Following government pledges to reform the strongly centralized 1972 constitution, the National Assembly adopted a number of amendments in December 1995, which were promulgated in a new Constitution in January 1996. The amendments call for the establishment of a 100-member senate as part of a bicameral legislature, the creation of regional councils, and the fixing of the presidential term to 7 years, renewable once. One-third of senators are to be appointed by the President, and the remaining two-thirds are to be chosen by indirect elections. As of November 2003, the government has not established the Senate or regional councils.
All local government officials are employees of the central government's Ministry of Territorial Administration, from which local governments also get most of their budgets.
While the president, the minister of justice, and the president's judicial advisers (the Supreme Court) top the judicial hierarchy, traditional rulers, courts, and councils also exercise functions of government. Traditional courts still play a major role in domestic, property, and probate law. Tribal laws and customs are honored in the formal court system when not in conflict with national law. Traditional rulers receive stipends from the national government.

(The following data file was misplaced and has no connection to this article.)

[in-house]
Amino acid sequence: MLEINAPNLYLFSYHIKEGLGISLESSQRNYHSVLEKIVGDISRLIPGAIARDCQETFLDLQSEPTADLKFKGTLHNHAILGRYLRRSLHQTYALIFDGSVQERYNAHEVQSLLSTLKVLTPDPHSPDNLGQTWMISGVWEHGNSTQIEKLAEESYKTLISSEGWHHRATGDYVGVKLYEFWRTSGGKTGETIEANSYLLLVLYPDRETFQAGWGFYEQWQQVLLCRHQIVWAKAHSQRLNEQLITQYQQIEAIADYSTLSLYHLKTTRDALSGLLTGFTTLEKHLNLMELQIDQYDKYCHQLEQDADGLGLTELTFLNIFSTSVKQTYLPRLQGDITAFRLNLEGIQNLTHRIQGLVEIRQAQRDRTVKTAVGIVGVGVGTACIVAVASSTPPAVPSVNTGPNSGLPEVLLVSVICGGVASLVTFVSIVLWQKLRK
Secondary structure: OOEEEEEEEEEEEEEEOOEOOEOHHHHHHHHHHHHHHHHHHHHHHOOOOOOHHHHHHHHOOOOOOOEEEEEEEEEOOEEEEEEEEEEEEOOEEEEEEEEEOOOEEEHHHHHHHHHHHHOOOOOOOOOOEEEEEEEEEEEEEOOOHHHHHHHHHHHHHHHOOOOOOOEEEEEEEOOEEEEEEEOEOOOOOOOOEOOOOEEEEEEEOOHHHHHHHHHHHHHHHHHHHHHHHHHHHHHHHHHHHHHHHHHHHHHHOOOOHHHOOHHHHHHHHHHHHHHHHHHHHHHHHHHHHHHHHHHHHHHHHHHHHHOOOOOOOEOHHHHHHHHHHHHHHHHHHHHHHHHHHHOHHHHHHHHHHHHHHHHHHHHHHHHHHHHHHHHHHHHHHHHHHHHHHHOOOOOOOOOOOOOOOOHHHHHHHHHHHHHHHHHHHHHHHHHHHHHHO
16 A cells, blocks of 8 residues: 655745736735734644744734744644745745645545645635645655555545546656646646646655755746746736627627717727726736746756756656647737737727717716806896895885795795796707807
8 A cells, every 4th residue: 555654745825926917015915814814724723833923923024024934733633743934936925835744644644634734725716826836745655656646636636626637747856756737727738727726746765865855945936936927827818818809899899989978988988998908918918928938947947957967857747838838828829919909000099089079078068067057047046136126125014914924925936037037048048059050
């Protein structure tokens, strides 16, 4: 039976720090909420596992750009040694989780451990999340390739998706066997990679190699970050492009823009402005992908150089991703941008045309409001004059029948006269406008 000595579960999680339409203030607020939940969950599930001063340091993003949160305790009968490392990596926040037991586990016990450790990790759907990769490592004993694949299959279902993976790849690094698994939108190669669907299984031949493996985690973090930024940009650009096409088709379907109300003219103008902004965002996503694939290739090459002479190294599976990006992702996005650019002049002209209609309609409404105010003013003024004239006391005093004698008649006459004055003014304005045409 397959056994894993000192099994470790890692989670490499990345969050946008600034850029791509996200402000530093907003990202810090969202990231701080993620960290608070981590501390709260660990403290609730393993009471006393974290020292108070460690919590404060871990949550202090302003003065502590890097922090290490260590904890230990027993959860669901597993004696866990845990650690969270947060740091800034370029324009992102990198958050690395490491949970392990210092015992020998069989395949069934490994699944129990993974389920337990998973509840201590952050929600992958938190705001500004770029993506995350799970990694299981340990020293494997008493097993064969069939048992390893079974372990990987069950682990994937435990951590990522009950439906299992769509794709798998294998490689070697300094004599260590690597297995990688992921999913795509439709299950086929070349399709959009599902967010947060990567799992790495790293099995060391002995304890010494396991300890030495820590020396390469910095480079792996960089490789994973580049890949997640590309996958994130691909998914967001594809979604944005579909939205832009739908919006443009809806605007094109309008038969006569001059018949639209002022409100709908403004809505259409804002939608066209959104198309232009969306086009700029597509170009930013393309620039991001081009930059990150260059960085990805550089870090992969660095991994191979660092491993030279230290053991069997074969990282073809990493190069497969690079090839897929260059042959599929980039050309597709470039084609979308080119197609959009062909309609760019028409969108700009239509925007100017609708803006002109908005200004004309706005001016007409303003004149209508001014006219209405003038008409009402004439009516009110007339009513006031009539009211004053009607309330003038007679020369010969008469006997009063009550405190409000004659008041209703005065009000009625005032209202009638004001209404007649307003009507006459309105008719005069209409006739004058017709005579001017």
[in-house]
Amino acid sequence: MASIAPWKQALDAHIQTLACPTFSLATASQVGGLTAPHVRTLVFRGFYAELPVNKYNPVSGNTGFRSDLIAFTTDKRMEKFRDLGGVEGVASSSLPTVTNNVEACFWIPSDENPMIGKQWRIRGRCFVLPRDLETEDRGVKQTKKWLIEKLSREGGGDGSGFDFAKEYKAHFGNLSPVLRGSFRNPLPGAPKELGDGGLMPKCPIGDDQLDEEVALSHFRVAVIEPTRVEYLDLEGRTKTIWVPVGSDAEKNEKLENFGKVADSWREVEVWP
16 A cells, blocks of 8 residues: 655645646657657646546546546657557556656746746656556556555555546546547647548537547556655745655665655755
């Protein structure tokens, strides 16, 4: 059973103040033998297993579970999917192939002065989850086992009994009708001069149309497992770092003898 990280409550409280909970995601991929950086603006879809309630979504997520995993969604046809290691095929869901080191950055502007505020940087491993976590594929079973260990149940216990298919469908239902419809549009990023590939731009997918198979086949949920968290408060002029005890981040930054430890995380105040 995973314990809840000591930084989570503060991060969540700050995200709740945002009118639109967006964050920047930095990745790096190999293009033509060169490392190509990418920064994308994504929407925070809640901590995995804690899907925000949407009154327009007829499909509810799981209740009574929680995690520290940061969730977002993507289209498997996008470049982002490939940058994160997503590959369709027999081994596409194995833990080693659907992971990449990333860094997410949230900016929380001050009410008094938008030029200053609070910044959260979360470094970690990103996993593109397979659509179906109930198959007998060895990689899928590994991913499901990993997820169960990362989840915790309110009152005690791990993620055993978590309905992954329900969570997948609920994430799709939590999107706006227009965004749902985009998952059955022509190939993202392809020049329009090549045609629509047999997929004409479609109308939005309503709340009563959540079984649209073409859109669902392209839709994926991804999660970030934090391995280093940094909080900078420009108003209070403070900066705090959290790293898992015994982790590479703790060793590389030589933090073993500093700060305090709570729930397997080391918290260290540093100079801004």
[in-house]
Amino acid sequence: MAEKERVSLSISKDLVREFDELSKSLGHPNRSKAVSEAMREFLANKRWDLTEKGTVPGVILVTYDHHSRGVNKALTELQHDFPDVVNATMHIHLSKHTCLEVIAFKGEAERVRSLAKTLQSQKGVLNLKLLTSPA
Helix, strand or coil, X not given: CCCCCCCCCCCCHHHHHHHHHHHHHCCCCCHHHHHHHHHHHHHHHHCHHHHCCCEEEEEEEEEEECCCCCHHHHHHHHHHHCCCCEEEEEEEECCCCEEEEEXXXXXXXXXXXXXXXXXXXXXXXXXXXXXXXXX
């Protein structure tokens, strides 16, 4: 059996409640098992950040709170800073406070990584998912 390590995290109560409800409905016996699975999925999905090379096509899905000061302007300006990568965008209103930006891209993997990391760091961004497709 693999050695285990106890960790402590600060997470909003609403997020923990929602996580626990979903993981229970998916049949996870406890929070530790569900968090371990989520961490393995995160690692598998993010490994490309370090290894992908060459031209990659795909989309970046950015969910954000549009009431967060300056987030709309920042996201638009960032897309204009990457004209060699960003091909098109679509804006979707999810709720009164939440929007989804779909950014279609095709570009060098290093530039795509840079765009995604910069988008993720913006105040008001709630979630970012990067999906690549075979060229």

The government adopted legislation in 1990 to authorize the formation of multiple political parties and ease restrictions on forming civil associations and private newspapers. Cameroon' s first multiparty legislative and presidential elections were held in 1992 followed by municipal elections in 1996 and another round of legislative and presidential elections in 1997. Because the government refused to consider opposition demands for an independent election commission, the three major opposition parties boycotted the October 1997 presidential election, which Biya easily won. The leader of one of the opposition parties, Bello Bouba Maigari of the NUDP, subsequently joined the government. In December 2000, the National Assembly passed legislation creating the National Elections Observatory (NEO), an election watchdog body. NEO played an active role in supervising the conduct of local and legislative elections in June 2002. Implementation of NEO's supervisory role is to be expanded to all phases of the electoral process in the 2004 presidential elections, including the voter registration process -- a traditional problem in Cameroonian elections.